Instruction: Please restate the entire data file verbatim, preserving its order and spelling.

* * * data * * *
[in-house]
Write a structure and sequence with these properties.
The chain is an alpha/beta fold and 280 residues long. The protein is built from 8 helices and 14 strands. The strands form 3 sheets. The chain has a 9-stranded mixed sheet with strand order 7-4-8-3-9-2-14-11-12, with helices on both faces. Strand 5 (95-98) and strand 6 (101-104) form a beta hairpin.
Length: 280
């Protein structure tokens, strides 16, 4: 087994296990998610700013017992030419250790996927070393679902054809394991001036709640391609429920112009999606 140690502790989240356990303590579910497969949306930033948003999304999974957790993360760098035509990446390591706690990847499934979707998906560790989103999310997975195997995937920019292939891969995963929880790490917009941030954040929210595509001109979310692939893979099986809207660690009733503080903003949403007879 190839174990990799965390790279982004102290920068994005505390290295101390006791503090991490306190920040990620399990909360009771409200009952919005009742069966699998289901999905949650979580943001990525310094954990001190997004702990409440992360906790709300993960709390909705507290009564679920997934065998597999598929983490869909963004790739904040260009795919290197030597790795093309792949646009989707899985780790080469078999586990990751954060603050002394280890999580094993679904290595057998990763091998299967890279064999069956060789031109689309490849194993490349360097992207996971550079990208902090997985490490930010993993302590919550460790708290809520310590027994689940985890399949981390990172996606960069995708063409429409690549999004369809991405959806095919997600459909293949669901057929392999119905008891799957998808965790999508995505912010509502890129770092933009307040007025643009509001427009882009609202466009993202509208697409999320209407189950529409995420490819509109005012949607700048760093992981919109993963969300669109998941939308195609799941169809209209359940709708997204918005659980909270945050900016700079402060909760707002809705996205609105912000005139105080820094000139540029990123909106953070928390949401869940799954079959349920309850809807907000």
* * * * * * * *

[in-house]
Write a structure and sequence with these properties.
The chain is an alpha/beta fold and 280 residues long. The protein is built from 8 helices and 14 strands. The strands form 3 sheets. The chain has a 9-stranded mixed sheet with strand order 7-4-8-3-9-2-14-11-12, with helices on both faces. Strand 5 (95-98) and strand 6 (101-104) form a beta hairpin.
Length: 280
């Protein structure tokens, strides 16, 4: 087994296990998610700013017992030419250790996927070393679902054809394991001036709640391609429920112009999606 140690502790989240356990303590579910497969949306930033948003999304999974957790993360760098035509990446390591706690990847499934979707998906560790989103999310997975195997995937920019292939891969995963929880790490917009941030954040929210595509001109979310692939893979099986809207660690009733503080903003949403007879 190839174990990799965390790279982004102290920068994005505390290295101390006791503090991490306190920040990620399990909360009771409200009952919005009742069966699998289901999905949650979580943001990525310094954990001190997004702990409440992360906790709300993960709390909705507290009564679920997934065998597999598929983490869909963004790739904040260009795919290197030597790795093309792949646009989707899985780790080469078999586990990751954060603050002394280890999580094993679904290595057998990763091998299967890279064999069956060789031109689309490849194993490349360097992207996971550079990208902090997985490490930010993993302590919550460790708290809520310590027994689940985890399949981390990172996606960069995708063409429409690549999004369809991405959806095919997600459909293949669901057929392999119905008891799957998808965790999508995505912010509502890129770092933009307040007025643009509001427009882009609202466009993202509208697409999320209407189950529409995420490819509109005012949607700048760093992981919109993963969300669109998941939308195609799941169809209209359940709708997204918005659980909270945050900016700079402060909760707002809705996205609105912000005139105080820094000139540029990123909106953070928390949401869940799954079959349920309850809807907000």